WHAT ABOUT BLOCKING IN AND OF ITSELF AND PROTOCOLS THAT APPLY? "Well, let me tell you, I grew up in Open Wheel racing with no mirrors, no spotters, and there was no such thing as blocking. If the guy is there, you don't do anything different unless you can see him. And if you see him, because you're in an Open Wheel car, you've got to give him that space, that room. But that's not the case in Stock Car racing. I learned that early in my career that if they have one-quarter of an inch inside your bumper or outside, they're there. And if the spotter says they're there, they're there. But you know, if we're trying to compare to what happened the other night, that's different. Kyle (Busch) wasn't there. I don't really think Denny Hamlin) did anything wrong and I think maybe Kyle expected something that wasn't there. And I think that's just something you can't do whether you're in a 600-mile race for points, or in a shootout."

ON POCONO, WHICH IS THE HARDEST TURN AND WHY? "Oh, they're all very unique and challenging in their own way and I think that's what makes Pocono so special. I've always said that the Tunnel Turn is one of my favorites but also one of my least favorites because when you hit it right, it's just so incredible and such a great feeling; and it's such a thrill to go through there. But when you hit it right, it's the most physical corner there is on the track because you lose so much momentum and time and you're hitting the steering wheel because you messed it up. And it's such a short corner, but it's really fast. I like that corner. But the most challenging one is probably the third turn where it's just really flat and really fast and it's really difficult to get it right."

HOW HAS POCONO CHANGED OVER THE YEARS IN TERMS OF HOW TEAMS APPROACH WHERE YOU DIDN'T SHIFT THEN DID SHIFT; NOW YOU DON'T AGAIN? "I wish we did. I feel like we'd see a little bit more passing opportunities if we could shift, but I also understand with the rpm's where we were getting in a range, financially, that was getting a little bit out of control. It's still very challenging and a fun track. It really challenges the teams and engineers and there are a lot of different theories right now on what makes you go fast at a place like Pocono that might apply to Indianapolis.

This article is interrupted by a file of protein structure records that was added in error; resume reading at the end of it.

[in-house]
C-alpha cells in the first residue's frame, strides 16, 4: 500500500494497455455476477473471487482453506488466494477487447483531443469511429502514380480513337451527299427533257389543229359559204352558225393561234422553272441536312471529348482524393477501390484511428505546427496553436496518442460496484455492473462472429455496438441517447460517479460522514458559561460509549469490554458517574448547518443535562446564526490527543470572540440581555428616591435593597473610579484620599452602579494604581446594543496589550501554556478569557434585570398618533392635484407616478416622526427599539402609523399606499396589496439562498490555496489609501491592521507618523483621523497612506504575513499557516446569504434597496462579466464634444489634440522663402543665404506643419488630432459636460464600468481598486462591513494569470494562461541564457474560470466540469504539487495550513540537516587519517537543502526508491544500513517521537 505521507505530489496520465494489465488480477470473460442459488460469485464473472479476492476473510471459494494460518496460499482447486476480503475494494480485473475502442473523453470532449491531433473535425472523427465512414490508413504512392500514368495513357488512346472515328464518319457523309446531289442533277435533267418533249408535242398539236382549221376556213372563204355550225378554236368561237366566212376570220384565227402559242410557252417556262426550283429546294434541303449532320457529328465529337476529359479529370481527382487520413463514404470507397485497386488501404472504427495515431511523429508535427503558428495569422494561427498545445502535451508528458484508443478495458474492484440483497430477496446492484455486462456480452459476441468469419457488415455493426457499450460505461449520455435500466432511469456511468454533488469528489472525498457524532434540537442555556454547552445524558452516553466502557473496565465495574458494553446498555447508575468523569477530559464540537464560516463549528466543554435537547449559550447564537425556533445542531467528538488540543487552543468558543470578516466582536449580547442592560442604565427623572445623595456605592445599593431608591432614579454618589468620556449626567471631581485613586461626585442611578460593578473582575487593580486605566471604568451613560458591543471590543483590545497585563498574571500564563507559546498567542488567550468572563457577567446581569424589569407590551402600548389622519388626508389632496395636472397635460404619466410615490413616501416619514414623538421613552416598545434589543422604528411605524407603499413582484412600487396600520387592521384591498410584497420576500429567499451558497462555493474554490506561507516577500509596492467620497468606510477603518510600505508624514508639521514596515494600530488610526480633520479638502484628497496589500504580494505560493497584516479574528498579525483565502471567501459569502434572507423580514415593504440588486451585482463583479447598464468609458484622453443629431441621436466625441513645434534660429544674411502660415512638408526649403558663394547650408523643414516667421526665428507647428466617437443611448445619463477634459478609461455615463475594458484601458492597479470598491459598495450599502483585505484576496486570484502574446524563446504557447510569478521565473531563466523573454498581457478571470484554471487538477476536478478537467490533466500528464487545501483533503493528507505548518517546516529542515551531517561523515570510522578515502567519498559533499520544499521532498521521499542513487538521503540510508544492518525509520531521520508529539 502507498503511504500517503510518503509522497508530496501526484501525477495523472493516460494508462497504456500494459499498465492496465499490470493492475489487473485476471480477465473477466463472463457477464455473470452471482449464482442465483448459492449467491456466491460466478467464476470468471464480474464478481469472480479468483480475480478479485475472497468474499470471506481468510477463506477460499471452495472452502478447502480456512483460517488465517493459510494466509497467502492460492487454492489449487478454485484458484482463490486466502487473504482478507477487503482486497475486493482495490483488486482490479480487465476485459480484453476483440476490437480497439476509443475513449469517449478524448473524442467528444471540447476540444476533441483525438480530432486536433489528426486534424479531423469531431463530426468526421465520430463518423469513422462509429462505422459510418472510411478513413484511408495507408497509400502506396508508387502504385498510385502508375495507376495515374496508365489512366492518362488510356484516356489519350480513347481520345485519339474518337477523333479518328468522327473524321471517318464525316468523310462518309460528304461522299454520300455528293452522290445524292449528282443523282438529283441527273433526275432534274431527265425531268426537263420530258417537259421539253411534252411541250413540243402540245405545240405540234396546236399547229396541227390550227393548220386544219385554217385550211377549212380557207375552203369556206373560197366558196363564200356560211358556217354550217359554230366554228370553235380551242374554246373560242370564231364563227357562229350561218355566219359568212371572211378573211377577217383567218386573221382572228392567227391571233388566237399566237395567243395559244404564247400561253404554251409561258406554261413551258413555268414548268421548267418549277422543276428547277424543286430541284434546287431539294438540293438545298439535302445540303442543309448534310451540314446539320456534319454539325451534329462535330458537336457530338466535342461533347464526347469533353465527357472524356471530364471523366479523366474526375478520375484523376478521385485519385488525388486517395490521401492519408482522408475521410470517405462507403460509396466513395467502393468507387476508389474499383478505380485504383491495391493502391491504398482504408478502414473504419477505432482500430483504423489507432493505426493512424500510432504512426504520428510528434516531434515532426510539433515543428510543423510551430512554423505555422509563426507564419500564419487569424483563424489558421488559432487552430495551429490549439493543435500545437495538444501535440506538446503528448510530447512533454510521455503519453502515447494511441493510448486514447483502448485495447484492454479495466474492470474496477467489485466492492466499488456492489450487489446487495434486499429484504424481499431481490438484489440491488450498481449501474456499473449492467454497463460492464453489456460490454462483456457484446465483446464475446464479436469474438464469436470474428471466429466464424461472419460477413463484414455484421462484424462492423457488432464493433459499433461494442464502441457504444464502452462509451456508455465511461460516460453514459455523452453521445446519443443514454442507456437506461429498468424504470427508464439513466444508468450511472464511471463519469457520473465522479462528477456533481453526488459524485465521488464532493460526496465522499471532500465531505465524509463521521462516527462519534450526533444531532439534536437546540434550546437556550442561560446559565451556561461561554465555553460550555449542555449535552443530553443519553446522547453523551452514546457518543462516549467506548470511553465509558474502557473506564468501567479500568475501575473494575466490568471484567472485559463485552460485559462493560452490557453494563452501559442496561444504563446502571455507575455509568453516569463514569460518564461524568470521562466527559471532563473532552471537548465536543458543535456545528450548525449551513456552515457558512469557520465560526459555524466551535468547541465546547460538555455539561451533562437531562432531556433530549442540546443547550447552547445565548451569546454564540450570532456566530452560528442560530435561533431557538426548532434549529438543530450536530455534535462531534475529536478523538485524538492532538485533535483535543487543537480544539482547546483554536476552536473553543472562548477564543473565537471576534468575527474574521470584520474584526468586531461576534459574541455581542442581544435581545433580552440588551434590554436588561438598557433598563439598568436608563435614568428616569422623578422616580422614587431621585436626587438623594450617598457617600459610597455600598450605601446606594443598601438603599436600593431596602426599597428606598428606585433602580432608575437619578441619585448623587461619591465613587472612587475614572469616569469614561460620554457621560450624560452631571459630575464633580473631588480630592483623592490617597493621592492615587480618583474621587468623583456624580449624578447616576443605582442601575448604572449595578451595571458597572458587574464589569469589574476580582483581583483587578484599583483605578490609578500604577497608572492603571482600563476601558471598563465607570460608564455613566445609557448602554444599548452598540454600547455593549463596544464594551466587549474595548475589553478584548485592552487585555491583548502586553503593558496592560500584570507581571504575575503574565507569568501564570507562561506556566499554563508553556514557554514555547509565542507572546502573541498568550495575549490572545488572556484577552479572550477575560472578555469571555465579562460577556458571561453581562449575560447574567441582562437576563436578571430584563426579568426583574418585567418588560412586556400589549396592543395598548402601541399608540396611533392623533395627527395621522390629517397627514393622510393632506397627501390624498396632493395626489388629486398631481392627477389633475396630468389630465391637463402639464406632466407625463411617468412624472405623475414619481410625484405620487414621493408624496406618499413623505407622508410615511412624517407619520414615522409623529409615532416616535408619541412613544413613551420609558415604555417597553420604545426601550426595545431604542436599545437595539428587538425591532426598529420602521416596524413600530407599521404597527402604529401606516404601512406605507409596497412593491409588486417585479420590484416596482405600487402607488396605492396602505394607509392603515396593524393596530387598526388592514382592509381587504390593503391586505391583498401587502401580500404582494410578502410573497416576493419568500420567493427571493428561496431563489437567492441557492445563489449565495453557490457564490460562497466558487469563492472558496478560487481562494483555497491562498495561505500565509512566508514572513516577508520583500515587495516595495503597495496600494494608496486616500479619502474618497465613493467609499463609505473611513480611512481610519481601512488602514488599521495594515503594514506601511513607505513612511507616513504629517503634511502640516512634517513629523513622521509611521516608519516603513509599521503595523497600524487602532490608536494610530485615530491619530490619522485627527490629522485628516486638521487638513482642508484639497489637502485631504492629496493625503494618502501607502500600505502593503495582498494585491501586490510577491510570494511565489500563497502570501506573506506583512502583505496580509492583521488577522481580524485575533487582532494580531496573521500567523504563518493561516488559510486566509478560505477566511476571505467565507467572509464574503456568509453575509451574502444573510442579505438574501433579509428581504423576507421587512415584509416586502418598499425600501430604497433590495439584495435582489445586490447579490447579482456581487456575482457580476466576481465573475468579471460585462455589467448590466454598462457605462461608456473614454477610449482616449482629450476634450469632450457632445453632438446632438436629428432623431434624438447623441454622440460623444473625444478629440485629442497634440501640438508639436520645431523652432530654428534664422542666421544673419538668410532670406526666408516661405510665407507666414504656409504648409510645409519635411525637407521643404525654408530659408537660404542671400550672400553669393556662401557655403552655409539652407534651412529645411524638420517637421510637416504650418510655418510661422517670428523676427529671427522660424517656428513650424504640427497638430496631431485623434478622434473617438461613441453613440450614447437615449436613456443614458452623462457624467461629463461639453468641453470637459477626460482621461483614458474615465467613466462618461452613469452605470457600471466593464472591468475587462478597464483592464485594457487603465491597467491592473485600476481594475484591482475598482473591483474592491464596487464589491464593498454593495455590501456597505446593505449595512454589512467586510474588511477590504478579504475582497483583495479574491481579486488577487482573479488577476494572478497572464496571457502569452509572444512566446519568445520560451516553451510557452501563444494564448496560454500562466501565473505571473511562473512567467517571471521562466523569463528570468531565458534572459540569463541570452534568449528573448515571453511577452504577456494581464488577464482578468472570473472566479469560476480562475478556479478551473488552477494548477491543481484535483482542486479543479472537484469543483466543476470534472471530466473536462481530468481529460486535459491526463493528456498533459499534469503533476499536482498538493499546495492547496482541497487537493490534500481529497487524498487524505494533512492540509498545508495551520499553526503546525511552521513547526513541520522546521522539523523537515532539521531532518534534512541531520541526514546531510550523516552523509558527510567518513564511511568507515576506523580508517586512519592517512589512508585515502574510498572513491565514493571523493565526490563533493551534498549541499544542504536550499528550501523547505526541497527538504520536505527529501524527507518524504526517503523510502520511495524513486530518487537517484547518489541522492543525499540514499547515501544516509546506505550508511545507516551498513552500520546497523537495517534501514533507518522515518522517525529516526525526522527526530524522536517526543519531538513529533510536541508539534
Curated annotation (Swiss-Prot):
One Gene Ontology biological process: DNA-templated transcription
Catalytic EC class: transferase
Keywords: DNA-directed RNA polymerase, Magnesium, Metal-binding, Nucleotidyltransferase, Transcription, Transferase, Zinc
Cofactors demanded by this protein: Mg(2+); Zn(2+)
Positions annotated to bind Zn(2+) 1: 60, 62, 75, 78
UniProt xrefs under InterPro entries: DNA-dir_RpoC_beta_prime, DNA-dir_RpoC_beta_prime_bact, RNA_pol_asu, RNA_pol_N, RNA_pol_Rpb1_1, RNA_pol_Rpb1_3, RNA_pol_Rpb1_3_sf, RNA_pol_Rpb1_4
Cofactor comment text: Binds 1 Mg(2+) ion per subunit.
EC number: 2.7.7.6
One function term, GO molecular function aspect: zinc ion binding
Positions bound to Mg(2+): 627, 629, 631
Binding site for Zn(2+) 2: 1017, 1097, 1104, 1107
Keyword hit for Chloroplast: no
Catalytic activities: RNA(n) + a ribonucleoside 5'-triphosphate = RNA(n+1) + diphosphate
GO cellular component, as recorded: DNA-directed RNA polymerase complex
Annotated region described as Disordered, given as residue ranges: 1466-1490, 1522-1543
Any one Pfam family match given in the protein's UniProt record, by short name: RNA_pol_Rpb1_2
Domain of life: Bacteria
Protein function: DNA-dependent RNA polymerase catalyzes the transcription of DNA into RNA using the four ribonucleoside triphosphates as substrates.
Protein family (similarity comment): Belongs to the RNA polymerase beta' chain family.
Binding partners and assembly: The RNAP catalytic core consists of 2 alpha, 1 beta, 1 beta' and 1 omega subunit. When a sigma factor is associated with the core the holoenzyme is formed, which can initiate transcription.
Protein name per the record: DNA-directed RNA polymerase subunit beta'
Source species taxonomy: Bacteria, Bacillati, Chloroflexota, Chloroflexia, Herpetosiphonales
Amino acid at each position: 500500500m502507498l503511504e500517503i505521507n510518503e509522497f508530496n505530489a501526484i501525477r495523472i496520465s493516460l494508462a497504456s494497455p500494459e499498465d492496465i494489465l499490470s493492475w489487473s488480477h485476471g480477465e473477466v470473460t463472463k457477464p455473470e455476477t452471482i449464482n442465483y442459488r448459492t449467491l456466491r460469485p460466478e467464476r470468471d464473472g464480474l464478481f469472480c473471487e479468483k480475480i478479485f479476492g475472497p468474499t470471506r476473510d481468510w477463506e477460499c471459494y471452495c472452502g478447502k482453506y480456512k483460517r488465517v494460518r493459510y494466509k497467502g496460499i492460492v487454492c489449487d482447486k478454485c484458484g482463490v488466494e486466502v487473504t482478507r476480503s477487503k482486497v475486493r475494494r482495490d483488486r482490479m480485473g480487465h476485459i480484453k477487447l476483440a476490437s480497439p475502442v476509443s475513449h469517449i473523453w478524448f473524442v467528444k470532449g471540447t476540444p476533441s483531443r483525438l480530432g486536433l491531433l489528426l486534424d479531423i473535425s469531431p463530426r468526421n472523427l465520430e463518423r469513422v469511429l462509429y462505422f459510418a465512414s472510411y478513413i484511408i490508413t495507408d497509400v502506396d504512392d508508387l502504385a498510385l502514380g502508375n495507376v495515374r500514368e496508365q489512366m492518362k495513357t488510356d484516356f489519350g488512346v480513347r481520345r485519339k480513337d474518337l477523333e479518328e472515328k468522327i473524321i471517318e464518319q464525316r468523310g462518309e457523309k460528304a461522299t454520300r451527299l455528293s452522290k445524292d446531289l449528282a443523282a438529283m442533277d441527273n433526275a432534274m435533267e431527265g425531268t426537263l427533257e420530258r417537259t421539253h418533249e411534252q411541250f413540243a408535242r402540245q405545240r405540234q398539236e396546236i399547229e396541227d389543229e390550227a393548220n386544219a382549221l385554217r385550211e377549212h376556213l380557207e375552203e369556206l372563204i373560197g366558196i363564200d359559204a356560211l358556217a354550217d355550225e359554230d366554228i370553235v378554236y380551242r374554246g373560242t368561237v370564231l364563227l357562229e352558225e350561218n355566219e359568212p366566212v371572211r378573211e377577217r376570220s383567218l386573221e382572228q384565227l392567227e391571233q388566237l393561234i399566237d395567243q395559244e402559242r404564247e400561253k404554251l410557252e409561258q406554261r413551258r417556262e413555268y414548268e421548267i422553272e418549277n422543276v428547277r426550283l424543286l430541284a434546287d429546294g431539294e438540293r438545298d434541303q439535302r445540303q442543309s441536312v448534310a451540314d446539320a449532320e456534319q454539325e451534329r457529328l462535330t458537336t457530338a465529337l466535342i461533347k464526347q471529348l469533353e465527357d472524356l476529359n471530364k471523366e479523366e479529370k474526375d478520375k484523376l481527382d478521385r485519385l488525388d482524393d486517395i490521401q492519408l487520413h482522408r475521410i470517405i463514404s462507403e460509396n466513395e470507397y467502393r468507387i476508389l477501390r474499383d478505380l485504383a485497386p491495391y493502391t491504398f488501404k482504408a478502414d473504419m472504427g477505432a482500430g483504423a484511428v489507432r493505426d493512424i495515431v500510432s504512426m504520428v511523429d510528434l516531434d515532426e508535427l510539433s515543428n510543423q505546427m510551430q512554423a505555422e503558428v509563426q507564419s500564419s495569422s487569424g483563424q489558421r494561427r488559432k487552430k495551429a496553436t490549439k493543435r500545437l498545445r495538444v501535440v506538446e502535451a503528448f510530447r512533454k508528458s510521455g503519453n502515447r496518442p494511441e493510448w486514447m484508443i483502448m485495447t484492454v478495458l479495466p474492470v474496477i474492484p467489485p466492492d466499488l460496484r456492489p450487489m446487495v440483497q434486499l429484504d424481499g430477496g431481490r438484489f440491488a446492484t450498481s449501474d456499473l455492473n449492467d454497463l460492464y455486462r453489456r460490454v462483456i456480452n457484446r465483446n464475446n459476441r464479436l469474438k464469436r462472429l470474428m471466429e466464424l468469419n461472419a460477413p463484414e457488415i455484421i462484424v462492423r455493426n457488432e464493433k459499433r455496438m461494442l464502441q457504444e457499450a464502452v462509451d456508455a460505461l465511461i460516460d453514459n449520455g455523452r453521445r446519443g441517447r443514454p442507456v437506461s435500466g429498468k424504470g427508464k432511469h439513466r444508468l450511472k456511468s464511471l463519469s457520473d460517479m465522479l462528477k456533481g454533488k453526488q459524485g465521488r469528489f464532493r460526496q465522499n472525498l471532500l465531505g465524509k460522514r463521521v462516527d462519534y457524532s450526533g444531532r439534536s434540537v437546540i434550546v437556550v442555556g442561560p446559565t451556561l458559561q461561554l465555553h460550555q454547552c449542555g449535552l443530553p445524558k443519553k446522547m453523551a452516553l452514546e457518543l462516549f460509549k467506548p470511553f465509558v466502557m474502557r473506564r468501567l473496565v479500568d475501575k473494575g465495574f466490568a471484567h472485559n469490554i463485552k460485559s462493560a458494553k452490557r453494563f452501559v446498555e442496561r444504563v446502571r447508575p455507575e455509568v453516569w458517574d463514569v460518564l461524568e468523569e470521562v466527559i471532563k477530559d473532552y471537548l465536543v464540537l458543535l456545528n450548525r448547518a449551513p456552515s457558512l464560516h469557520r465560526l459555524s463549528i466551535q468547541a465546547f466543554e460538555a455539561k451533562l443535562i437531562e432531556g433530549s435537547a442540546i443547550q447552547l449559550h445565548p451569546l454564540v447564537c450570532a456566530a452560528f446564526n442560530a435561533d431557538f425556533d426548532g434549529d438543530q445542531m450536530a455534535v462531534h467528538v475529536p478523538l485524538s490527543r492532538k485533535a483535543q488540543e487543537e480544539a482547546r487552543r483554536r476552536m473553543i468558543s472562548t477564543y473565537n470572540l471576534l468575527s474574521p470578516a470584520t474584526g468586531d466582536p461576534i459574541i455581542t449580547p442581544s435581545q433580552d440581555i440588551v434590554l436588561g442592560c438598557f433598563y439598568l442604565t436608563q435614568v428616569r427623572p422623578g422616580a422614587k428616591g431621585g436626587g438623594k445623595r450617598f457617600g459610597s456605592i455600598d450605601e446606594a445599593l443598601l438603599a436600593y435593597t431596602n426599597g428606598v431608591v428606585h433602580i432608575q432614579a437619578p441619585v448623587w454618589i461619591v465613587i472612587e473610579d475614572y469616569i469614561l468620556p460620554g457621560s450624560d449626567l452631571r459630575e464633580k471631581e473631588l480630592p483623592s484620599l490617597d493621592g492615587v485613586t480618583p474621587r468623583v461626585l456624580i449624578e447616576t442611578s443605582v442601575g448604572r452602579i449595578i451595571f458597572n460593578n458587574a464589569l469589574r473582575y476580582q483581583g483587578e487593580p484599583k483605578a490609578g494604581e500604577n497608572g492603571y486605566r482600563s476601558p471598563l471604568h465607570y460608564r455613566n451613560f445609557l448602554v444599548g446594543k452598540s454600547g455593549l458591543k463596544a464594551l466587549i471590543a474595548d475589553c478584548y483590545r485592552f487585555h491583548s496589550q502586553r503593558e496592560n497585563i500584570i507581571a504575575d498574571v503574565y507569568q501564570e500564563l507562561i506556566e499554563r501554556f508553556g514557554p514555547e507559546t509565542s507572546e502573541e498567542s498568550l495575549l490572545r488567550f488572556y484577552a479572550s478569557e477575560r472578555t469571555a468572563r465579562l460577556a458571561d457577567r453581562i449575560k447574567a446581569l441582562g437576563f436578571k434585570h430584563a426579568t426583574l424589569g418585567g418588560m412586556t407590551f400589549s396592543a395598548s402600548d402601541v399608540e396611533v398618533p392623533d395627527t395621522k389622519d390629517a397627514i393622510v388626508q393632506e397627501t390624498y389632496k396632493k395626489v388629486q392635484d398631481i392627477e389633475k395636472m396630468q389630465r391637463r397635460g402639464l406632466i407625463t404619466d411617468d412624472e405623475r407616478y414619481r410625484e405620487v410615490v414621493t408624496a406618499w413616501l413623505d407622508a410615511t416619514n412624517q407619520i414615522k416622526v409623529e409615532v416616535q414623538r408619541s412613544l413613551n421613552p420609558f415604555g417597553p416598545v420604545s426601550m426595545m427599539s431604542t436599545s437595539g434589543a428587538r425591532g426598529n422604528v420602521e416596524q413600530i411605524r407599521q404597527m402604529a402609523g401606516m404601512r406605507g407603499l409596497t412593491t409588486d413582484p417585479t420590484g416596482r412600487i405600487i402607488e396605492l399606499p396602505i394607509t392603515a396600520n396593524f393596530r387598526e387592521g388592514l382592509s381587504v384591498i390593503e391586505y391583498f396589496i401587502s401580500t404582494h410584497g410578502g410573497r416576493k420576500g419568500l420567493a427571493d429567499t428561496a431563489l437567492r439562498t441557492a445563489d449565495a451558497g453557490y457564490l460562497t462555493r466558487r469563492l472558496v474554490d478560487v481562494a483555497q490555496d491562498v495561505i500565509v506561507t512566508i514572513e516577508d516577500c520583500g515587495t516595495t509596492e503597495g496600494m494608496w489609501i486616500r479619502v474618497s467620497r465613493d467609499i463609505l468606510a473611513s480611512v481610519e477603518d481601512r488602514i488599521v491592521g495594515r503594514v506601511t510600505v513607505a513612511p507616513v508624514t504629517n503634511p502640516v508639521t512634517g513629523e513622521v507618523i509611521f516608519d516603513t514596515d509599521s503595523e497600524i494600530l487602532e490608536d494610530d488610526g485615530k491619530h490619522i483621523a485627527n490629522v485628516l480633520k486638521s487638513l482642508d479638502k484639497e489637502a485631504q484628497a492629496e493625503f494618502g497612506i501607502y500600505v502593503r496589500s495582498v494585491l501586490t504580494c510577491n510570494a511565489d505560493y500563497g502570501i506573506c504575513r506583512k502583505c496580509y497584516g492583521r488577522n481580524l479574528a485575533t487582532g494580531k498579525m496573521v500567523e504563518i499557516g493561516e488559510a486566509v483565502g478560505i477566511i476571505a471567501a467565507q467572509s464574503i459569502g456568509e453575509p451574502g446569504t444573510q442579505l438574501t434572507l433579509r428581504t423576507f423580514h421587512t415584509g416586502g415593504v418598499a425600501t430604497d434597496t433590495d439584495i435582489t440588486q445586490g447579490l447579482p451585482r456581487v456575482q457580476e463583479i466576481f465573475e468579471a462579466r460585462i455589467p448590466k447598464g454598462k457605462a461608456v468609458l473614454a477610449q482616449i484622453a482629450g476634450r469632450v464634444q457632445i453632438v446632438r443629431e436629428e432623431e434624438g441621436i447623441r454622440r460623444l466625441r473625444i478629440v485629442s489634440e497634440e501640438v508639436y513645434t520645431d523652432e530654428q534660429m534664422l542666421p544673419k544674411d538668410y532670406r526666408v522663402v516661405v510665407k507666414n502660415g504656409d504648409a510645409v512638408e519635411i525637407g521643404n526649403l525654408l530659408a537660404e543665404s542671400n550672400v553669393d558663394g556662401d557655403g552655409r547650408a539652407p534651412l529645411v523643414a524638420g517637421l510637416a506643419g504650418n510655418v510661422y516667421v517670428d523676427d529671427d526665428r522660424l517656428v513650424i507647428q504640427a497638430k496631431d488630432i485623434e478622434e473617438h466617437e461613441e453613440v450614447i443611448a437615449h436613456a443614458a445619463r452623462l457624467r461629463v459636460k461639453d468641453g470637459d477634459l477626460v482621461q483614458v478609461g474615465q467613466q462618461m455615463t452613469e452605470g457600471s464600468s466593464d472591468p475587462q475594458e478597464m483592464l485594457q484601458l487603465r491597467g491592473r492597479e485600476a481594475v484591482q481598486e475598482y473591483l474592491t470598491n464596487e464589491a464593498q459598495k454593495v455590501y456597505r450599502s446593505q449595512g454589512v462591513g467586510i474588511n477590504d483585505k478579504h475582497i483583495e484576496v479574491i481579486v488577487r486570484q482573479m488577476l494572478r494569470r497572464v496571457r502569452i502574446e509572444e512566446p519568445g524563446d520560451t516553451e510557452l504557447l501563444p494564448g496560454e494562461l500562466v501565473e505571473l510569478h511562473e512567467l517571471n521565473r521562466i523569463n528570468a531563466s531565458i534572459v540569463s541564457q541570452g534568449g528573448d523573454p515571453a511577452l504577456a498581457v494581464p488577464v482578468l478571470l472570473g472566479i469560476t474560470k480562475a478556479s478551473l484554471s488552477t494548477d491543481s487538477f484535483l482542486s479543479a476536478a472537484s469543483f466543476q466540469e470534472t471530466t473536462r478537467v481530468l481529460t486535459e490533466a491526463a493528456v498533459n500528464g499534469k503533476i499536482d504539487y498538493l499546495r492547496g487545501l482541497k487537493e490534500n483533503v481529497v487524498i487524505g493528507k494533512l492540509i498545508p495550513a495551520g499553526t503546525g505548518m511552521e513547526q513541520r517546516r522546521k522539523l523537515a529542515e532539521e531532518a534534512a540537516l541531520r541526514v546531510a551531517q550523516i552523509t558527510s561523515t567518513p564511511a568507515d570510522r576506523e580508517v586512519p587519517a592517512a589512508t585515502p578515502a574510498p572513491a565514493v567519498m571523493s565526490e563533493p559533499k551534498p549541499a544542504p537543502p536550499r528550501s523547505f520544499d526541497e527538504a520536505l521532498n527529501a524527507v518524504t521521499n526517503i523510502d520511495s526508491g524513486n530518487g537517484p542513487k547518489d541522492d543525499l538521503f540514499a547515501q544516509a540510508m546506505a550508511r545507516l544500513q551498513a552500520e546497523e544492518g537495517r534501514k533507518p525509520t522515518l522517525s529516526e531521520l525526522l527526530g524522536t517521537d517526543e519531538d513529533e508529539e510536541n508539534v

"And I feel like Pocono is one of those tracks where everybody sort of uses it as a test session for Indianapolis because Indy is such an important race and prestigious. You can't apply those long straightaways in that flat last corner to Indy. It seems like if you get yourself right there, it gives you a good opportunity to possibly find something for Indy. But it's always fun and challenging and I look forward to getting back there."

ARE YOU A BETTER SHORT-RUN OR LONG-RUN DRIVER? "I'm a better long-run driver but it's just because that's what we set our car up for. I mean if it's a short run, we set our car up for a short run. We can do that too. But we typically lean towards setting our car up for a longer run. So I think that's something that I like so I guess you could consider me more of a long-run driver. But ever since this car came along, I feel like track postion is more important than it's ever been and so if you don't get that position early, you're never really going to gain it back over the long run. We've adapted some changes there for ourselves to try to maintain that track position being more important than even the long run. It' depends on what track you're at too. If Darlington was the way it used to be, then you want to be good on a long run, not a short run. But now with Darlington being the way it is, the pavement, you just go hard from the beginning and try to maintain and fall off at the end."